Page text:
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INTEGRAL Observations of the Galactic Centre Region

INTEGRAL Observations of the Galactic Centre Region

25 May 2005

Integral continues to observe the X-ray and gamma-ray emission from the galactic centre region. These observations at the high-energy end of the electromagnetic spectrum contribute to our knowledge of the physical processes at play and the type of objects residing at the centre of our Milky Way.

Below are two images and an animation of the galactic centre, released last week by the INTEGRAL Science Data Centre (ISDC). The observations were made with the IBIS/ISGRI instrument that is capable of detecting emission in the range 15 keV - 10 MeV.

Credits: A. Paizis (ISDC, Geneva & IASF/CNR, Milano)

IBIS/ISGRI mosaic of the Galactic Centre region (20-40 keV, 5.7 Msec). Only the main sources are labelled for clarity. The majority of the visible sources are Low Mass X-ray Binaries (LMXRBs). In these objects, the physical process at the origin of the production of such energetic X-rays is inverse Comptonisation of soft seed photons (from the accretion disc and/or neutron star surface) by a hot plasma present in the system (for example accretion disc corona, neutron star boundary layer, accelerated particles in jets).
Publication: Paizis et al., 2004, Proceedings of the 5th INTEGRAL Workshop "The INTEGRAL Universe".

Credits: A. Paizis (ISDC, Geneva & IASF/CNR, Milano)

Animation of four IBIS/ISGRI mosaic images of the galactic centre region in four different energy bands: 20-40 keV, 40-60 keV, 60-80 keV and 80-100 keV. The sources become dimmer and dimmer at higher energies because the number of photons they release decreases from the lower energy X-rays to the higher energy gamma-rays. The total exposure time is of 5.7 Msec. The main sources are labelled in the lowest energy (20-40 keV) image. The majority of the visible sources are LMXRBs.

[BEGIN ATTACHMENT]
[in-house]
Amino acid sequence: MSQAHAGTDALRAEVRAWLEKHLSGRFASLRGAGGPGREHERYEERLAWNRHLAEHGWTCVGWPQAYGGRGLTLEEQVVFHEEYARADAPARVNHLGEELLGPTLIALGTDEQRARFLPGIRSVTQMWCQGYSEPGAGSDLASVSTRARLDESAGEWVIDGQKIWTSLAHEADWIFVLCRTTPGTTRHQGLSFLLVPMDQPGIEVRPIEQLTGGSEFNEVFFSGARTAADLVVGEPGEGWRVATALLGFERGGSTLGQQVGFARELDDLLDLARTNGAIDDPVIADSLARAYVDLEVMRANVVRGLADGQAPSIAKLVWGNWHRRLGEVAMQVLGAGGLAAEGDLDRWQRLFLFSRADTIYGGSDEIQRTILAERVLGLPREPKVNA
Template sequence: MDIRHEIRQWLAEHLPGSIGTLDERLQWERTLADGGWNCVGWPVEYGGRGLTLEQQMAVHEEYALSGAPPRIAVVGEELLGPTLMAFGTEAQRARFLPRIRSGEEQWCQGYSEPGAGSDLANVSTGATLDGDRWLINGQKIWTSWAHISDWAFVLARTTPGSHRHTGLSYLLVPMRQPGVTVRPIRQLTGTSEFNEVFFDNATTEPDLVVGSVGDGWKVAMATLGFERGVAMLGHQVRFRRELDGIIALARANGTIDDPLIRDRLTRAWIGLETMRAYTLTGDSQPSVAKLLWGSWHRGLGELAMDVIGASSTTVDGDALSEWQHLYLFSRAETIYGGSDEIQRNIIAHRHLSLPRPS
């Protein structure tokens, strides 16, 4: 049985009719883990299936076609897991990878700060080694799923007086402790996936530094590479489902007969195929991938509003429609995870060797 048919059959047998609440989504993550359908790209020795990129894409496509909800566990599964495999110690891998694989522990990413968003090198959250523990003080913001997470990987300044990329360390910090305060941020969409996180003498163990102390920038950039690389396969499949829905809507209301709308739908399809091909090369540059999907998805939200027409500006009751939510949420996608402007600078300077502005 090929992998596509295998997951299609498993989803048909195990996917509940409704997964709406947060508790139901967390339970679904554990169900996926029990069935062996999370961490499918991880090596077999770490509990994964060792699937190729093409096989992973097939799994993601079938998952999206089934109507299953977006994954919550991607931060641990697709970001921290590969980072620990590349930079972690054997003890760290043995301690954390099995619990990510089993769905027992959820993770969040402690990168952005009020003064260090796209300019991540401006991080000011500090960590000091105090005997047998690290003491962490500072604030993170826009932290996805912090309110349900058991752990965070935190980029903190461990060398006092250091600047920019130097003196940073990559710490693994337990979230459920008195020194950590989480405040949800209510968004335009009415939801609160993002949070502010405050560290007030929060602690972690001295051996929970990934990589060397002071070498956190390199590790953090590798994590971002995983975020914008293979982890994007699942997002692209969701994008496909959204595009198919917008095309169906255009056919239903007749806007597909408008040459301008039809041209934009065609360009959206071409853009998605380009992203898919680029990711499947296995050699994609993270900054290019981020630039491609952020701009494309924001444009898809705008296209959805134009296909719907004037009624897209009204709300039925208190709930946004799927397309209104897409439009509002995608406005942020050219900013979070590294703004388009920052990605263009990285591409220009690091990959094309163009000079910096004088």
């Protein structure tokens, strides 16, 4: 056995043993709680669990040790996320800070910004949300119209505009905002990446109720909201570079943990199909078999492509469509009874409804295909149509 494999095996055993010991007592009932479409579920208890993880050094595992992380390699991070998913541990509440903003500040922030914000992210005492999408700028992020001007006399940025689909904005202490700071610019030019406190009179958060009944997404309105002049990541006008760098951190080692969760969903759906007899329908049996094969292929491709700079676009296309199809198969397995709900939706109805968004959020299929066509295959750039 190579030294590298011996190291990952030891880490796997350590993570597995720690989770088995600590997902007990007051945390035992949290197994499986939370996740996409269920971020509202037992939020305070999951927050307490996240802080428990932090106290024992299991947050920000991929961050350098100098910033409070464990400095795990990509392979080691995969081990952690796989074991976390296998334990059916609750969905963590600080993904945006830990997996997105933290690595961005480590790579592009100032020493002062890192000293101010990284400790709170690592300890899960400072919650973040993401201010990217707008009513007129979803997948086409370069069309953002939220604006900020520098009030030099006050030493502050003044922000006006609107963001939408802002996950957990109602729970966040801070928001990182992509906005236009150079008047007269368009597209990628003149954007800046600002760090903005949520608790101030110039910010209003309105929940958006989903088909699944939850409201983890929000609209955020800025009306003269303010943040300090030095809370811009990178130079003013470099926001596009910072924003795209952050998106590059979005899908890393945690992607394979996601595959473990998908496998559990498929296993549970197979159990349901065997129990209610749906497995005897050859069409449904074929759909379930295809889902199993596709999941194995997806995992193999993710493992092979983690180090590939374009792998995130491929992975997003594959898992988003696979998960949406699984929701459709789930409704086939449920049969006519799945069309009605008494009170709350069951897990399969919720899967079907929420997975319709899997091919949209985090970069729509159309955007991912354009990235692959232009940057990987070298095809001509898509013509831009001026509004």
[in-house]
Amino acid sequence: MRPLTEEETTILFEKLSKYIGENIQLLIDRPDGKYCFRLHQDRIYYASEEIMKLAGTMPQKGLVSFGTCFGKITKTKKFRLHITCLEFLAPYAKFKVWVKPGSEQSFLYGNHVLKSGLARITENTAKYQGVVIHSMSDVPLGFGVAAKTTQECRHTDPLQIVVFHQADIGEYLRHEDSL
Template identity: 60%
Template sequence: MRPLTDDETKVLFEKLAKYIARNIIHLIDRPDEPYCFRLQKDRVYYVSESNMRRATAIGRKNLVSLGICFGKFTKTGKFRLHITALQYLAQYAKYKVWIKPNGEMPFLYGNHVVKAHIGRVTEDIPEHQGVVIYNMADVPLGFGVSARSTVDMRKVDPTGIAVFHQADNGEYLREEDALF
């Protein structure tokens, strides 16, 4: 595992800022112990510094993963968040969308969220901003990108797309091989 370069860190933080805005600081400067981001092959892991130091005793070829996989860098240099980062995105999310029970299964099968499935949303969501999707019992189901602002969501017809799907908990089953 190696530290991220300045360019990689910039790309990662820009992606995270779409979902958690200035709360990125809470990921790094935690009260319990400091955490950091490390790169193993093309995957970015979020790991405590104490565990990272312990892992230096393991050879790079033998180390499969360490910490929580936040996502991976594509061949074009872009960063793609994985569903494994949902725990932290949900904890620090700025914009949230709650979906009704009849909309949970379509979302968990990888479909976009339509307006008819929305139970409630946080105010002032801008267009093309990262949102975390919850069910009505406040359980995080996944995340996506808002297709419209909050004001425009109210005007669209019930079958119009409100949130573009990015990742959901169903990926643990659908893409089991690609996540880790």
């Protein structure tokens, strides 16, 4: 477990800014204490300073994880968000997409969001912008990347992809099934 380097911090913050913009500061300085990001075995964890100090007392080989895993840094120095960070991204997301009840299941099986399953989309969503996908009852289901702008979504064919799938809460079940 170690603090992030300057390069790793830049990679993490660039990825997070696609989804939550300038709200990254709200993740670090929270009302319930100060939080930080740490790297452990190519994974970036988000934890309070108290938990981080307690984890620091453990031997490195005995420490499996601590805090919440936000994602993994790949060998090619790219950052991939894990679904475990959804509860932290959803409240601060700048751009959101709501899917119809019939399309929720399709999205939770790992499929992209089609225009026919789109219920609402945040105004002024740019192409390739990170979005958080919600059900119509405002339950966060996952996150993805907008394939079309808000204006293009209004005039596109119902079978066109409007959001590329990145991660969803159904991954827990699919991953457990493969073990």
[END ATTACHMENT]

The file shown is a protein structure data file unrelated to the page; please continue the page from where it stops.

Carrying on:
Publication: Paizis et al., 2004, Proceedings of the 5th INTEGRAL Workshop "The INTEGRAL Universe".

Credits: A. Paizis (ISDC, Geneva & IASF/CNR, Milano)

IBIS/ISGRI mosaic image of the galactic centre region around GX 5-1. Thanks to the high imaging capability (angular resolution) of INTEGRAL, it for the first time is possible to disentangle the hard X-ray emission of the neutron star low mass X-ray binary GX 5-1 (centre of the image), from the nearby black hole candidate GRS 1758-258 (40 arcmin away). Ada Paizis and the co-authors of a recent article submitted to the Astronomy & Astrophysics journal interpret the hard X-ray emission from GX 5-1 as Compton up-scattering of soft photons from the neutron star surface due to a thin hot plasma expected in the boundary layer.
Publication: Paizis et al., 2005, A&A, submitted.

Last Update: 1 September 2019
28-Oct-2021 11:00 UT

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